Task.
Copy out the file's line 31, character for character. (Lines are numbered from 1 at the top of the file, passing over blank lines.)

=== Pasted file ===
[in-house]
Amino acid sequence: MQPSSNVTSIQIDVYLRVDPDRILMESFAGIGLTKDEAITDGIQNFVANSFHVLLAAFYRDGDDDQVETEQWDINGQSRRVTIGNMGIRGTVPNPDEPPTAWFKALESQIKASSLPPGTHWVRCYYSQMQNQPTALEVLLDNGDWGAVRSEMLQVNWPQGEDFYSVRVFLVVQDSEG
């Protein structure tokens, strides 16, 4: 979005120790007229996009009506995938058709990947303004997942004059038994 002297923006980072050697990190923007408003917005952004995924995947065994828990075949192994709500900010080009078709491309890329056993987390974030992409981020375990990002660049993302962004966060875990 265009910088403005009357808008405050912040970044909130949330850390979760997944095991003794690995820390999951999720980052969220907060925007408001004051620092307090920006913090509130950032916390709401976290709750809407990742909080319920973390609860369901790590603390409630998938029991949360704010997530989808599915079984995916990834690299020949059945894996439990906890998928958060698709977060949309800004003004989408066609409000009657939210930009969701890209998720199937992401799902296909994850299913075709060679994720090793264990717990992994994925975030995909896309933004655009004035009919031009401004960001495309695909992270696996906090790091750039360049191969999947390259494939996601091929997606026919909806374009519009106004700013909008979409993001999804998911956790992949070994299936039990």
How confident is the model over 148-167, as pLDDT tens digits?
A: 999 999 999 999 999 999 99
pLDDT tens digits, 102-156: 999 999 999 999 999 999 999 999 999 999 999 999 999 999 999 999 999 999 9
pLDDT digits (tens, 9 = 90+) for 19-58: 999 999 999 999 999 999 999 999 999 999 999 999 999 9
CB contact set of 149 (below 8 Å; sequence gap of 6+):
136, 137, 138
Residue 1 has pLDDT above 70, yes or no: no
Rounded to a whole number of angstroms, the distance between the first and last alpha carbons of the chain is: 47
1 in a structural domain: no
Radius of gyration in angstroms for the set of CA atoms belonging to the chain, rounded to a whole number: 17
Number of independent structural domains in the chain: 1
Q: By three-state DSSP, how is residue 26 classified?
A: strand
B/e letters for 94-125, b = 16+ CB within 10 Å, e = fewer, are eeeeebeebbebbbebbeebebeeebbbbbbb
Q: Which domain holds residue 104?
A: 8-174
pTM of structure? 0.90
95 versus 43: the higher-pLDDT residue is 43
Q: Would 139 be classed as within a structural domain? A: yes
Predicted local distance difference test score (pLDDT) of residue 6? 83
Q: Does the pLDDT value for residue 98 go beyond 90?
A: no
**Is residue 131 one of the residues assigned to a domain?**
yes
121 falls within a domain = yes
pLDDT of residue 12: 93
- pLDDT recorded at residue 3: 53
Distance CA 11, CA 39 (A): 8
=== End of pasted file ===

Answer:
Distance CA 11, CA 39 (A): 8